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Hillels Across the U.S. Help Rebuild Oklahoma

by Hillel News |Feb 03, 2014|Comments

Oklahoma HillelIn May of last year, a series of devastating tornadoes hit the state of Oklahoma. Schools, houses, churches, none were immune to the high winds sweeping across the middle of the country. From the initial tornado that ravaged the suburbs of Oklahoma City, thousands of homes were destroyed or damaged. Just two short weeks later, as the city began to rebuild, more tornadoes came through the same path.

That is where our students enter the picture. Oklahoma University (OU) Hillel’s Executive Director, Suzy Sostrin-Rainer suggested a new location for some of the local Hillels looking for a domestic destination for their Alternative Break. One hundred fifty students from around the country answered the call to help a community in need.

OU Hillel and Hillel International have worked closely with the Jewish Disaster Response Corps (JDRC), to make sure that when the students arrive they are warmly welcomed and given tasks that will truly rebuild a community. For those of you unfamiliar with the JDRC: The JDRC is a faith-based initiative that assists all communities in domestic disaster recovery while exhibiting Jewish values and promoting broad and visible Jewish participation. OU Hillel and JDRC are also working in conjunction with Habitat for Humanity and the Oklahoma Disaster Recovery Project—a collaboration of agencies including but not limited to, American Red Cross, Catholic Charities, The Salvation Army, Society of St. Vincent de Paul, and The Oklahoma United Methodist Church.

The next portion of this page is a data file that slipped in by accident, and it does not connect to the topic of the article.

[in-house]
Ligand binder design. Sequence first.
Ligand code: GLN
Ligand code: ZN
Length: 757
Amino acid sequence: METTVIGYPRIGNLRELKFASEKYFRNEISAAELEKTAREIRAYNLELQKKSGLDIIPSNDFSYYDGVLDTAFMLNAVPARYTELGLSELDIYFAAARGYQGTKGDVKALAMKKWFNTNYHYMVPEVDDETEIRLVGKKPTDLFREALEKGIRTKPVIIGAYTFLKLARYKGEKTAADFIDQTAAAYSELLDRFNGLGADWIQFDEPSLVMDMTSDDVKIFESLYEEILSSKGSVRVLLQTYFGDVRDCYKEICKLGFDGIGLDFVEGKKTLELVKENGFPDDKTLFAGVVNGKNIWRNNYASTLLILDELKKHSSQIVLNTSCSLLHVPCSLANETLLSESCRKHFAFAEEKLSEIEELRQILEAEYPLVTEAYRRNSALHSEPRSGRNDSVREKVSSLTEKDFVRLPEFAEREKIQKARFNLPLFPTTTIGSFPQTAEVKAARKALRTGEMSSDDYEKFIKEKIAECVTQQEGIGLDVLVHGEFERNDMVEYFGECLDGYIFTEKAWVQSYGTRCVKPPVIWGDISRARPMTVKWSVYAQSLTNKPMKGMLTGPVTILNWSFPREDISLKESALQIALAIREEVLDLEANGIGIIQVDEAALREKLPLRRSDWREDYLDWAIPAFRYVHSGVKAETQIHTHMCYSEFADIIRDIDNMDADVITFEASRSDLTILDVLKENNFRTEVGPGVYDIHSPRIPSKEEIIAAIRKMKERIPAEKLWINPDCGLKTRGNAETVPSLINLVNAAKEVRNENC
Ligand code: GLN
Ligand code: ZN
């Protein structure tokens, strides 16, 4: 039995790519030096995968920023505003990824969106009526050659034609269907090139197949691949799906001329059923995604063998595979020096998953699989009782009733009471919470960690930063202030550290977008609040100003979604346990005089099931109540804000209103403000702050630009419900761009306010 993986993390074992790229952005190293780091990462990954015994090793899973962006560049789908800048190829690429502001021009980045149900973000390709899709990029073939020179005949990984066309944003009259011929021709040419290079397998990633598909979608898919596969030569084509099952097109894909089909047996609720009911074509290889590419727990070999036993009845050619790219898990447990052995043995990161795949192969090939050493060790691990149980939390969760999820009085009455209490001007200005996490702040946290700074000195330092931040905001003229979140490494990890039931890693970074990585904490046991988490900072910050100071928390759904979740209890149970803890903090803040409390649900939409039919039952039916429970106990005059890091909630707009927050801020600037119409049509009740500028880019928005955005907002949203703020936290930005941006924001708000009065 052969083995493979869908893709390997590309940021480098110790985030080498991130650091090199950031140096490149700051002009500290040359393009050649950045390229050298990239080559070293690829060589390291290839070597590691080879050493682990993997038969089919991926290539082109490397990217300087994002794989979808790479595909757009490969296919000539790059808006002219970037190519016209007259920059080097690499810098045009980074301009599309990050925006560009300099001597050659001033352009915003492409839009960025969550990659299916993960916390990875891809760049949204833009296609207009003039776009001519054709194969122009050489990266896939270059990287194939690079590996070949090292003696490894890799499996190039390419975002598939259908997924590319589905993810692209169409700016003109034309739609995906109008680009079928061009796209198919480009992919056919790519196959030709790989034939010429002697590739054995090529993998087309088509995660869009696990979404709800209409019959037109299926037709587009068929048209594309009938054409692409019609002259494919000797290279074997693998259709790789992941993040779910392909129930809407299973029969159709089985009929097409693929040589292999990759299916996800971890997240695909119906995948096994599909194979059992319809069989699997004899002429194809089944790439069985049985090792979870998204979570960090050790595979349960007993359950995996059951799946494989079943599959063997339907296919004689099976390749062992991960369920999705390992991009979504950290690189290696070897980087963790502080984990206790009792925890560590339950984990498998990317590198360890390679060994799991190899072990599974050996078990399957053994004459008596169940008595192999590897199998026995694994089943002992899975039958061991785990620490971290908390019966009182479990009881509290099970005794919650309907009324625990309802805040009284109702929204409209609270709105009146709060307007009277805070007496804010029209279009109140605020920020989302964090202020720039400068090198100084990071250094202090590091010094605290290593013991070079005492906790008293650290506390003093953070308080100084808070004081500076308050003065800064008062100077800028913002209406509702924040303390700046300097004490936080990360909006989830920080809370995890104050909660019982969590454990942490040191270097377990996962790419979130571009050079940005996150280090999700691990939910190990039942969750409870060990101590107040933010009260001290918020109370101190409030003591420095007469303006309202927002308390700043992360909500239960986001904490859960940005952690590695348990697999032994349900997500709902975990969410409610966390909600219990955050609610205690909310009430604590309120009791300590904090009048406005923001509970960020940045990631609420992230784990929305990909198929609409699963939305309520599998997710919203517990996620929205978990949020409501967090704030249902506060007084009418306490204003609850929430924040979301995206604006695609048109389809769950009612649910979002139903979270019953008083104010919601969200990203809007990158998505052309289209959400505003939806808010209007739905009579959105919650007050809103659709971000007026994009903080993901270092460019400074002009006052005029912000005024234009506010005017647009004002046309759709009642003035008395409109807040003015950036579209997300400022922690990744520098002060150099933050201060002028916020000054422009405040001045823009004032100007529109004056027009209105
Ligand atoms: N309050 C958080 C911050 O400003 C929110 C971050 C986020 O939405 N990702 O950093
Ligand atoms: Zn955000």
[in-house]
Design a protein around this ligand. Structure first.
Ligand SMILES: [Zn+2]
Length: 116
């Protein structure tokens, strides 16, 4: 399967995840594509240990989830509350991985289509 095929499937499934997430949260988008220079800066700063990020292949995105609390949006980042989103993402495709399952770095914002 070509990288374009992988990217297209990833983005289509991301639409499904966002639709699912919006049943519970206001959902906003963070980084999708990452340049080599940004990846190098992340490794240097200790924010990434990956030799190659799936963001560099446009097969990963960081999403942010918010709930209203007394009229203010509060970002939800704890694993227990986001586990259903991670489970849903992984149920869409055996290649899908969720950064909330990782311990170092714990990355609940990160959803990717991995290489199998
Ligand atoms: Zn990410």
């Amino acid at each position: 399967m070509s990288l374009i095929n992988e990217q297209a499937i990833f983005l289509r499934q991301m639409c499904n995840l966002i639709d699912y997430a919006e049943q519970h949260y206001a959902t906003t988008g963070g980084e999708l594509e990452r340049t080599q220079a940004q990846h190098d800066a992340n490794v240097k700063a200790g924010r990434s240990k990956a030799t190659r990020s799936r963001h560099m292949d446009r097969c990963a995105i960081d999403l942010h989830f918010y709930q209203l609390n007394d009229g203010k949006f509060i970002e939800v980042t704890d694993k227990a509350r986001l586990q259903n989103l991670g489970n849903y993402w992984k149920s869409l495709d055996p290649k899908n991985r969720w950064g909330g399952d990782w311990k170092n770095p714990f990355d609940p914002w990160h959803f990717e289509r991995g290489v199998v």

The traveling students eat all their meals at OU Hillel. Through a curriculum developed by Hillel International’s Ask Big Questions, the students of OU Hillel are leading conversations with the traveling students from Jewish Disaster Relief Corps. Most pertinent and leading to much discussion was the question “For Whom are We Responsible?”

Sostrin-Rainer said, “Our neighbors have lost their homes, and college students from across the country have come to help us. That is very touching. We ask that our students be a blessing to their community. These students have are not only blessings to their community, but to all they touch."

Photo courtesy of JDRC.

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  • social justice
  • disaster relief
  • Oklahoma University
  • Alternative Break

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